The climate of Madurai is warm. The temperature seldom comes below 20° C even during the winters. The rainfall is very frequent and spread throughout the year, just like the flow of pilgrims and tourists is the same during the year.
How To Reach
Air : Madurai has its own airport and there are flights, which connect the city with Chennai, Tiruchirappalli. The airline services have at least one flight daily from Madurai to Chennai. From there one can take flight to anywhere in India.
Rail : Madurai has one of the major railway junctions of South India. It is connected with the all the major tourist as well as religious places in Tamil Nadu. Though there are not many trains, which connect the city with major cities of India such as, Madurai is easily accessible from any part of the nation.
Road : There are good motorable roads, which connect this, second largest city of Tamil Nadu with other parts of the state as well as other places in India. Madurai has five bus stands, which cater to the needs of the people.
Sri Meenakshi – Sundareswarar Temple
Sri Meenakshi Sundareswarar Temple dates to around 100 AD and it was expanded during the reign of Thirumalai Nayak (1623-55). Sri Meenakshi Sundareswarar Temple contains 12 gopurams and the main four gopurams are having nine storeys each. These four tall gopurams (towers) over the entrance gates is renowned for its sculptures and paintings. The southern tower is the tallest, a height of 170 ft with 1511 sudhai figures, and was built in 16th century. The oldest tower is the 13th century eastern gopuram, a height of 161 ft with 1011 sudhai figures, built by Jatavarman Sundara Pandyan. The western tower with a height 163 ft and 1124 sudhai figures and the northern tower is having a height of 160 ft. The main feature of the temple lies in the Ayiramkal Mandapam or the Hall of Thousand Pillars. The specialty of the pillars is that each one is adorned with high, ornate, bold sculptures and the view of these pillars from any angle appears to be in a straight line. There are musical pillars carved out of stones in the outermost corridors. Each pillar produces different musical note when it is tapped. The temple is open to devotees between 05:00 and 12:30 hrs and again between 16:00 and 21:30 hrs. It is at a walkable distance from the Madurai railway station.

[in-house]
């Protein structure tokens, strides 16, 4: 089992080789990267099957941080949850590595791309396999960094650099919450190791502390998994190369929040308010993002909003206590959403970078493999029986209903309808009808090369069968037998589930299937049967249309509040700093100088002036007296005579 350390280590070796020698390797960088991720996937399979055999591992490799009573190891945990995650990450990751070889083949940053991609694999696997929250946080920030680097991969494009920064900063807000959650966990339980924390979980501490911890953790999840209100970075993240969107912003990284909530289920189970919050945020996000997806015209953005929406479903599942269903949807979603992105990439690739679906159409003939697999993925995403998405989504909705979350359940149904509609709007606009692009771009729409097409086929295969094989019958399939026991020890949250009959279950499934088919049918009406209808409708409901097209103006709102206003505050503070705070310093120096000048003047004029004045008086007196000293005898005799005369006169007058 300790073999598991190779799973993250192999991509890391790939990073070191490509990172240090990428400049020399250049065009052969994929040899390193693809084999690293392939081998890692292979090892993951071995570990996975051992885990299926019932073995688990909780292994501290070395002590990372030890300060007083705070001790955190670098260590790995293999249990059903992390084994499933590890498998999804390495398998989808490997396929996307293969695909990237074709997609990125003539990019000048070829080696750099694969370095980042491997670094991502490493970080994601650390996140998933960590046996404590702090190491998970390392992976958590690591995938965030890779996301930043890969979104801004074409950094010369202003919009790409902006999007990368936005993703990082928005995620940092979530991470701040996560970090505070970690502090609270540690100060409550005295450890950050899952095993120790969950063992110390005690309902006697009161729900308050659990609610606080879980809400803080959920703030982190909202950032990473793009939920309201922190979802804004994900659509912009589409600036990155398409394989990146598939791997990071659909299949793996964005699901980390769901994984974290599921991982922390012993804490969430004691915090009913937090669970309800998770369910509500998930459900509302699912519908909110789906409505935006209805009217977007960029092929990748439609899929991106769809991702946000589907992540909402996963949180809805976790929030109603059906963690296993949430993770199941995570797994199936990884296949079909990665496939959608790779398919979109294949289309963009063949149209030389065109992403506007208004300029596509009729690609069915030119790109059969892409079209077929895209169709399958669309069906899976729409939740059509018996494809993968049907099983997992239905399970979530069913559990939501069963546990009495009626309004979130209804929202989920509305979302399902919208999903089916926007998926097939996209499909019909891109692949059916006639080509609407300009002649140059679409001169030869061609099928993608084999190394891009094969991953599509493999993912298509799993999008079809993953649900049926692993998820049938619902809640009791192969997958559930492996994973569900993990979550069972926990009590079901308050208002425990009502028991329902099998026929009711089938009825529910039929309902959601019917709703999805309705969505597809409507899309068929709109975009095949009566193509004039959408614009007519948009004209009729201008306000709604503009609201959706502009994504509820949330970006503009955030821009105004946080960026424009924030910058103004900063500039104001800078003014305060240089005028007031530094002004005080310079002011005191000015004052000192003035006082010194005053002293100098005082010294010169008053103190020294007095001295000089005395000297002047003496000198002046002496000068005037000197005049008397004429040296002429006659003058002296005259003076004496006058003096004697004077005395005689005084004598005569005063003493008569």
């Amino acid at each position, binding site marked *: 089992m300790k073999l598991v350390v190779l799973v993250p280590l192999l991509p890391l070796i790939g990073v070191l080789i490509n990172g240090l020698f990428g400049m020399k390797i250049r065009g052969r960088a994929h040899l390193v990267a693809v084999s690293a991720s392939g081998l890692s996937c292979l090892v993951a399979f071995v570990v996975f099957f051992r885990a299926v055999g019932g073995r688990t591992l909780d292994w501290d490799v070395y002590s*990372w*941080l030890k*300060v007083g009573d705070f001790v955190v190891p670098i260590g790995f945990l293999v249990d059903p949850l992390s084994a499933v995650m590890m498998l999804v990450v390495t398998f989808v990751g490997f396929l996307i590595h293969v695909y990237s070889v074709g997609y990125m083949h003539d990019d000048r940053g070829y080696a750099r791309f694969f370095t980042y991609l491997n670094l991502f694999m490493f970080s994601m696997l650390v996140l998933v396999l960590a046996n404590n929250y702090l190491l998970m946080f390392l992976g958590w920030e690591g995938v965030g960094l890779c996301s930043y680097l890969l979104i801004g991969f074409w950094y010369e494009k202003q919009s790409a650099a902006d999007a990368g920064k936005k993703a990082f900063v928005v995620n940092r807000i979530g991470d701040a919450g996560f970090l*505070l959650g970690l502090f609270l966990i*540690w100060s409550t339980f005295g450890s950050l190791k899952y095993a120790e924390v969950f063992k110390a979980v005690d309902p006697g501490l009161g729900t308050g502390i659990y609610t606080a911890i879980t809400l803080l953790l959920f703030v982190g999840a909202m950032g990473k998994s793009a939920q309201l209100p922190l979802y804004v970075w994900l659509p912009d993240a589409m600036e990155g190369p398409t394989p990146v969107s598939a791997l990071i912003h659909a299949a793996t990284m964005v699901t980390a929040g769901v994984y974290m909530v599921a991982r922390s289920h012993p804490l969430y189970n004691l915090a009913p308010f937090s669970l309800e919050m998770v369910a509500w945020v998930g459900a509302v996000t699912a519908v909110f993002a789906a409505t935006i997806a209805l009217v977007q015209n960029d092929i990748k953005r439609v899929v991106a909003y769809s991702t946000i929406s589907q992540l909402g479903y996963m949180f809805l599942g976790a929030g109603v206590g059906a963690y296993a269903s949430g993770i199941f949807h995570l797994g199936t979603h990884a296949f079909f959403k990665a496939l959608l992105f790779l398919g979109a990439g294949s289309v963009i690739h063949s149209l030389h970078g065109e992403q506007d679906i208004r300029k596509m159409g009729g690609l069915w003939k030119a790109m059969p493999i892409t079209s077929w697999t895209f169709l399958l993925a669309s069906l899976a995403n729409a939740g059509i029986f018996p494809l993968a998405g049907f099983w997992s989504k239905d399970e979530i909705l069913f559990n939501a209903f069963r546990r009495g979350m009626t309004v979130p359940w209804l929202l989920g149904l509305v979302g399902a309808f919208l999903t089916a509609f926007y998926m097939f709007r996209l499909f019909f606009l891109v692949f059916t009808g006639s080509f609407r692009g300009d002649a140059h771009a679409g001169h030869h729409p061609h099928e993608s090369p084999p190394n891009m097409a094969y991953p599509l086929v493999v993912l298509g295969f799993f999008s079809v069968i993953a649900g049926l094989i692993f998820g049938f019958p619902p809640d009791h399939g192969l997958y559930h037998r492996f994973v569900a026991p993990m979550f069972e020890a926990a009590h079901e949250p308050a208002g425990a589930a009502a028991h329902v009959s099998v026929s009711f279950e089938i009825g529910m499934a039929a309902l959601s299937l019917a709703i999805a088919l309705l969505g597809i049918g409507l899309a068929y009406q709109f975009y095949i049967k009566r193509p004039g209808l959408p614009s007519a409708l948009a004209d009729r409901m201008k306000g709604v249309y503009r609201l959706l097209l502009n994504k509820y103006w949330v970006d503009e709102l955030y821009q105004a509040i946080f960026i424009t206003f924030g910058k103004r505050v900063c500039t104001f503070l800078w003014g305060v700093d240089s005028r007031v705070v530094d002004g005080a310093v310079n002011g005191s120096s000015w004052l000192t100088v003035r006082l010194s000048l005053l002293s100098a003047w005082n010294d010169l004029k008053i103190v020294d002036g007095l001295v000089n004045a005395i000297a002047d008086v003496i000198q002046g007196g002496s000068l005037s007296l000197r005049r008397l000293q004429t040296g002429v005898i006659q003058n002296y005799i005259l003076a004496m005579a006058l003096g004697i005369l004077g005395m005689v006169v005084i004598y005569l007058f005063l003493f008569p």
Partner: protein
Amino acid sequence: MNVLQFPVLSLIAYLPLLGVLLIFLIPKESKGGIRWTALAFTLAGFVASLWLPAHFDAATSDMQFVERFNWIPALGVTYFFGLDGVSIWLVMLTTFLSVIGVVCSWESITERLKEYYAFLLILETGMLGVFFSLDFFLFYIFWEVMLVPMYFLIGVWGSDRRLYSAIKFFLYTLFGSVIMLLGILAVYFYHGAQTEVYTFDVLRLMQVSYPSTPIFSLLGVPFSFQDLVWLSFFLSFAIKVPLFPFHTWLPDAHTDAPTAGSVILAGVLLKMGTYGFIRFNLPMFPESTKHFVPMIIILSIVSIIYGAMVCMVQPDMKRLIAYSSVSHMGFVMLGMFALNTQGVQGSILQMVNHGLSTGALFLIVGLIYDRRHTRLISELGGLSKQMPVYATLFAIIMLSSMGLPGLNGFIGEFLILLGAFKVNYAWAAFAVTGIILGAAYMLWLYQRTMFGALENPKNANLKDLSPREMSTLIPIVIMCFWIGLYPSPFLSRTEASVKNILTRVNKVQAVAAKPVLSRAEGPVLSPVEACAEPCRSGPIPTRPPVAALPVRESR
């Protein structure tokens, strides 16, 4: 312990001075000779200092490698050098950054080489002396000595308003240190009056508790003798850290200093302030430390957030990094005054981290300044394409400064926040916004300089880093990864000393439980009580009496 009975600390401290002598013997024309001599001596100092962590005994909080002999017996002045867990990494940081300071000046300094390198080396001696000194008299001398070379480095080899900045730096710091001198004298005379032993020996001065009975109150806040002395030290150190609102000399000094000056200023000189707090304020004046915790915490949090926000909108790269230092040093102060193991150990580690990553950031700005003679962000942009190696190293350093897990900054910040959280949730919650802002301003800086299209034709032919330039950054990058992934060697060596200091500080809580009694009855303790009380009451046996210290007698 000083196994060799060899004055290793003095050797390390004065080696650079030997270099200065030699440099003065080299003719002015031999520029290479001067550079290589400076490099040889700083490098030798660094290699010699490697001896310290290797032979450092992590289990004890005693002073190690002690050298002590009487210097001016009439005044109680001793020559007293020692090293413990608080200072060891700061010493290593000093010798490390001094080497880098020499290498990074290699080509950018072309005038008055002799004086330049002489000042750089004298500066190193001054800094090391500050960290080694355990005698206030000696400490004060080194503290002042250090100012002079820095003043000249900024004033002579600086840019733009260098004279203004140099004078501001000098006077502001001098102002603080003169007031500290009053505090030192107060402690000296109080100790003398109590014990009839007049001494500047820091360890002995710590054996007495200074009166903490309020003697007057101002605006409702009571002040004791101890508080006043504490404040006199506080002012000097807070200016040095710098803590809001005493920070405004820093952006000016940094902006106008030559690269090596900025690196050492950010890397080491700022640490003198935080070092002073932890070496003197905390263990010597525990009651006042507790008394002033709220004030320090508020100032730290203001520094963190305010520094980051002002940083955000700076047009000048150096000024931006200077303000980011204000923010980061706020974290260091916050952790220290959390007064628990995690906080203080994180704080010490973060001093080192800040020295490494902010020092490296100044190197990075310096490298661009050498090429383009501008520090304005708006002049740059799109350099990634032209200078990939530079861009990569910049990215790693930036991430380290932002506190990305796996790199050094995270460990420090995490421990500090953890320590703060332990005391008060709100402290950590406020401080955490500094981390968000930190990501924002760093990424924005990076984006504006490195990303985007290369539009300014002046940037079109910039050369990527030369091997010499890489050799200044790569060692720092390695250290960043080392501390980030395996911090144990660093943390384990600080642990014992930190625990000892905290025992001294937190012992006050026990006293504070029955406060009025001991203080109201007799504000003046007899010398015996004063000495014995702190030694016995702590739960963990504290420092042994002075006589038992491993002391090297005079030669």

The Thirupparankundram Temple is one of the most commonly visited places of interest in Madurai. This temple is of special interest to those who are hardcore devotees of the Hindu religion. It is situated at the top of a hill. It is located at a distance of about 8 km towards the south of the railway junction of Madurai. One can view a shrine dedicated to goddess Durga in this cave temple. The two images of Subramanya and Ganesh are placed on either sides of the Durga image.
There are a number of shrines in the temple. Some of the most prominent shrines are dedicated to Ganapathy, Shiva, Vishnu and Durgai. The entrance of the temple is marked by as many as 48 pillars. These pillars are decorated with intricate carvings. The mandapa that is located at the entrance has pillars that are identified with the Nayaka period.
Alagar Koil is a temple dedicated to Lord Vishnu. It is situated at a distance of 21 km from Madurai, on foot of Alagar hills, amongst the natural beauty of the woods. Here, Lord Vishnu resides as Azhgar, brother of Meenakshi. A huge crowd of devotees is seen here in the month of April/May when Chithirai Festival is celebrated. The temple also contain some beautiful carvings and makes the visit rewarding. Palamudirsolai, one of the six abodes of Lord Subramaniya is located atop the Hill. The splendid main tower at the entrance is believed to have been built by the Pandyan Kings. According to the historical background of the place, Malayadhwaja Pandyan, son of Kulasekhara Pandyan, was the earliest known monarch to patronize the temple. Jatavarman Sundara Pandyan beautified the ‘vimana’ of the shrine with gold plates. After the Pandya rule, the Nayakas patronized the deity.